The Tools of the Trade

Best Made Co. The American Felling Axe, $162
Best Made Co. The Pocket Stone, $42
Oil Can with Mineral Oil, $13

4Get in your stance and grip the ax. Grip the ax with both hands. Your dominant hand should be the one gripping the ax near the head. Your non-dominant hand should grip the ax at the end of the handle. It is important to keep a relaxed grip, “but you don’t want it flying out of your hands,” Zdon says. Measure out, with the ax extended, how far away to stand from the log. There is no steadfast rule for this, but if you stand too close to the log you risk missing the head of the ax and striking with the handle — which could result in breaking the ax. If you stand too far away, you could miss the log and stump, increasing your chances of bodily injury. Measure twice, cut once.

Take an athletic stance with your feet about shoulder width apart. Zdon recommends using the twist method, in which the head of the ax makes contact with the wood at about a 30-degree angle. This technique uses the leverage of the ax head to split the wood.

5Swing the ax straight down. As you pull the ax up above your head, slide the hand that’s closest to the ax head down to about 3/4 of the way down the handle. This will likely happen naturally as you pull the ax up above your head, but if you try to pull the ax up above your head with one hand at the ax head and one at the base of the handle, you will be in an awkward position to swing the ax and won’t generate any power. When you pull the ax up, the head of the ax should already be at about a 30-degree angle. Make sure that everything is in line — the ax is straight above your head, and in line with the log you are attempting to split.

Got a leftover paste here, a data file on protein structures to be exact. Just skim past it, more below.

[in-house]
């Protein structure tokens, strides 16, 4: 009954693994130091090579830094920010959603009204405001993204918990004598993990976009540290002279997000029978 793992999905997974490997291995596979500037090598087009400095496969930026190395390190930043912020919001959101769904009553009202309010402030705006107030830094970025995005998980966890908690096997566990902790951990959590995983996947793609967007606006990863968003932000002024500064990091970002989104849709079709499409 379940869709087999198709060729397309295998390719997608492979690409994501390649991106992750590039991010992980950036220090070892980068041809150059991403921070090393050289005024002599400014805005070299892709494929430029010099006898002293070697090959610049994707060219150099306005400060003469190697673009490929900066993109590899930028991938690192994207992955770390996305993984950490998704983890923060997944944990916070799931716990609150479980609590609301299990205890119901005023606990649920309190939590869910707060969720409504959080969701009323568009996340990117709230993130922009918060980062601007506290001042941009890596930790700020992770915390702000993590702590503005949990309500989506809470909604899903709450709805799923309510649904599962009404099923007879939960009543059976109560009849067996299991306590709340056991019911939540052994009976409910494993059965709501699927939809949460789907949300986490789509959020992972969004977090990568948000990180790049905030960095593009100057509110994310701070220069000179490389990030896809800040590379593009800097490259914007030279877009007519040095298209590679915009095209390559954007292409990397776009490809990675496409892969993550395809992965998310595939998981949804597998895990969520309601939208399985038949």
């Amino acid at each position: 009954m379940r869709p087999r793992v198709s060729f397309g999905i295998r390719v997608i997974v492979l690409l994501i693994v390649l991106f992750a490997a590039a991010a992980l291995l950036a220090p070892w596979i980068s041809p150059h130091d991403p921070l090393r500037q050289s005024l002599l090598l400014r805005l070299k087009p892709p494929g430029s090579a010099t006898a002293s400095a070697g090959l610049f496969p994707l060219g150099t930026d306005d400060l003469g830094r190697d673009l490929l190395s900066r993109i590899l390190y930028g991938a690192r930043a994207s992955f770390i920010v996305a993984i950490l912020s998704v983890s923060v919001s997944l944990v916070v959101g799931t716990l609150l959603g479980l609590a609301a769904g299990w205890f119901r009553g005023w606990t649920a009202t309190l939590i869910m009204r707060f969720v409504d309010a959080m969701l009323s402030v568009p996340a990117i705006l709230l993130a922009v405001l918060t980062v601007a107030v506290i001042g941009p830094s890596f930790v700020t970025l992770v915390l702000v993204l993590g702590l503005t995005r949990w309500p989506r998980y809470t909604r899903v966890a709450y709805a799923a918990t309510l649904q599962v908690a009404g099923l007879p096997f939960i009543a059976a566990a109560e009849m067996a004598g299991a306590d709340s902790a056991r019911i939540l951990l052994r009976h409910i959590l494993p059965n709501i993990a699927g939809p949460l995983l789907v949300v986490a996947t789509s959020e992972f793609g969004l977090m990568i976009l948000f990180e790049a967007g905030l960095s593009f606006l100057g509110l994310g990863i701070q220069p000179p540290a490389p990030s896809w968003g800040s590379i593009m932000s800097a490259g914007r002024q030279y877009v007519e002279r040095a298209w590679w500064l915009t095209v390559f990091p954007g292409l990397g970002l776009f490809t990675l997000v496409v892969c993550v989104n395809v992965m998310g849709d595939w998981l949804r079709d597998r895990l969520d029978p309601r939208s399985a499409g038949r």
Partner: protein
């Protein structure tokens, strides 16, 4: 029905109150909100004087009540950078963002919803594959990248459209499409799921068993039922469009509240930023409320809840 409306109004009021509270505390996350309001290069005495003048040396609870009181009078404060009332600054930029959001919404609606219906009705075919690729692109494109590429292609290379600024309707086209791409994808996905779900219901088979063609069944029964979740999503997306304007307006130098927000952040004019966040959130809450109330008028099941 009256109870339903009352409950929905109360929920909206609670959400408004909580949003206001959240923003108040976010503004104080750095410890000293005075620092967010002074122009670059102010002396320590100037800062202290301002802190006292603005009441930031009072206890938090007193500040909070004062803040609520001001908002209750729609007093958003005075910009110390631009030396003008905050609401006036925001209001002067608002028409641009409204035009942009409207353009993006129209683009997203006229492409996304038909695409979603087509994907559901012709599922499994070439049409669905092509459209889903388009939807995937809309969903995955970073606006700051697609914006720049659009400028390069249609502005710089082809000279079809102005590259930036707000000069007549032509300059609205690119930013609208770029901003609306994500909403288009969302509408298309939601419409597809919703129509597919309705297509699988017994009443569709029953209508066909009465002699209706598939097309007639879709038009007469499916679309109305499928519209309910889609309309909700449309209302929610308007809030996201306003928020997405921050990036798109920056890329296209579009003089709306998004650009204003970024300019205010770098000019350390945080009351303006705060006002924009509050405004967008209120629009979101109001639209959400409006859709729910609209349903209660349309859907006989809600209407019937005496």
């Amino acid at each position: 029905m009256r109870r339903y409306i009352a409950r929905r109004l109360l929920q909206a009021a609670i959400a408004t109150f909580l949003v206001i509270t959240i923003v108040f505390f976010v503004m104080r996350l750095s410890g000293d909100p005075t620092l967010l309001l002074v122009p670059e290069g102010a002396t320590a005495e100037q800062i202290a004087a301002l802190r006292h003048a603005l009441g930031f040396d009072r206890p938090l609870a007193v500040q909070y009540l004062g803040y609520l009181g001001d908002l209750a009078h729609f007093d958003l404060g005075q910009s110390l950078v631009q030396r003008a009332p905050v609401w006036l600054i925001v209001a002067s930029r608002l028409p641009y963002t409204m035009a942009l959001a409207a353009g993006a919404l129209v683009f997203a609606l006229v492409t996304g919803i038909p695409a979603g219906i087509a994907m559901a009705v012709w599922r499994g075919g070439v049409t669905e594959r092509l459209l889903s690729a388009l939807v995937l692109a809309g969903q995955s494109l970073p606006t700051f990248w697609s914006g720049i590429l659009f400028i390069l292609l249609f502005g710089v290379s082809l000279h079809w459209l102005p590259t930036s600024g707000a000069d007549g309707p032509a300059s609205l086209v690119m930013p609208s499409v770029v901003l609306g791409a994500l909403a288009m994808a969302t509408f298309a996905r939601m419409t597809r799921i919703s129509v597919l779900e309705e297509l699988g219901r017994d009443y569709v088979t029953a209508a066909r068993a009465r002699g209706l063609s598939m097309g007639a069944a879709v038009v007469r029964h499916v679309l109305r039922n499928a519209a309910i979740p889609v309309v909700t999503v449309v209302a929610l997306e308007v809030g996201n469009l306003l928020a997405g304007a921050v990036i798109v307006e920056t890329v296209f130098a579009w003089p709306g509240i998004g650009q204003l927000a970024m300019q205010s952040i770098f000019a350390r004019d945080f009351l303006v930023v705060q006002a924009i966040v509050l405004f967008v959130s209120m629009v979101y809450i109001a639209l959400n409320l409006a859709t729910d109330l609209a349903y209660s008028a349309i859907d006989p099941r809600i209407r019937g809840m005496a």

When you swing the ax down, Zdon says that it is about 50 percent gravity and 50 percent power. You aren’t trying to throw all of your strength into it, but you want a good solid swing. Focus on making contact with the wood at the correct angle and swinging straight down. When you make contact with the wood, your hands should be stacked on top of one another, like you’re holding a baseball bat.

6Split larger logs. If you are splitting a log that is greater in diameter than about 6 inches, Zdon recommends inspecting the log (this is good practice for smaller logs as well, but less crucial). Look out for knots in the wood and try to work around them. Start towards the edge of the log so that you aren’t trying to split it in two. Instead, take pieces off one at a time. Work your way around in a circle, splitting off pieces as you go.

7Clean up. As with any job, cleaning up afterward is good form. “It’s not done until you stack it,” Zdon says. Tidy, neatly stacked piles are the name of the game and help to keep your wood organized and readily available. In addition, if your ax head is wet, dry it before putting it back in its case to prevent it from rusting.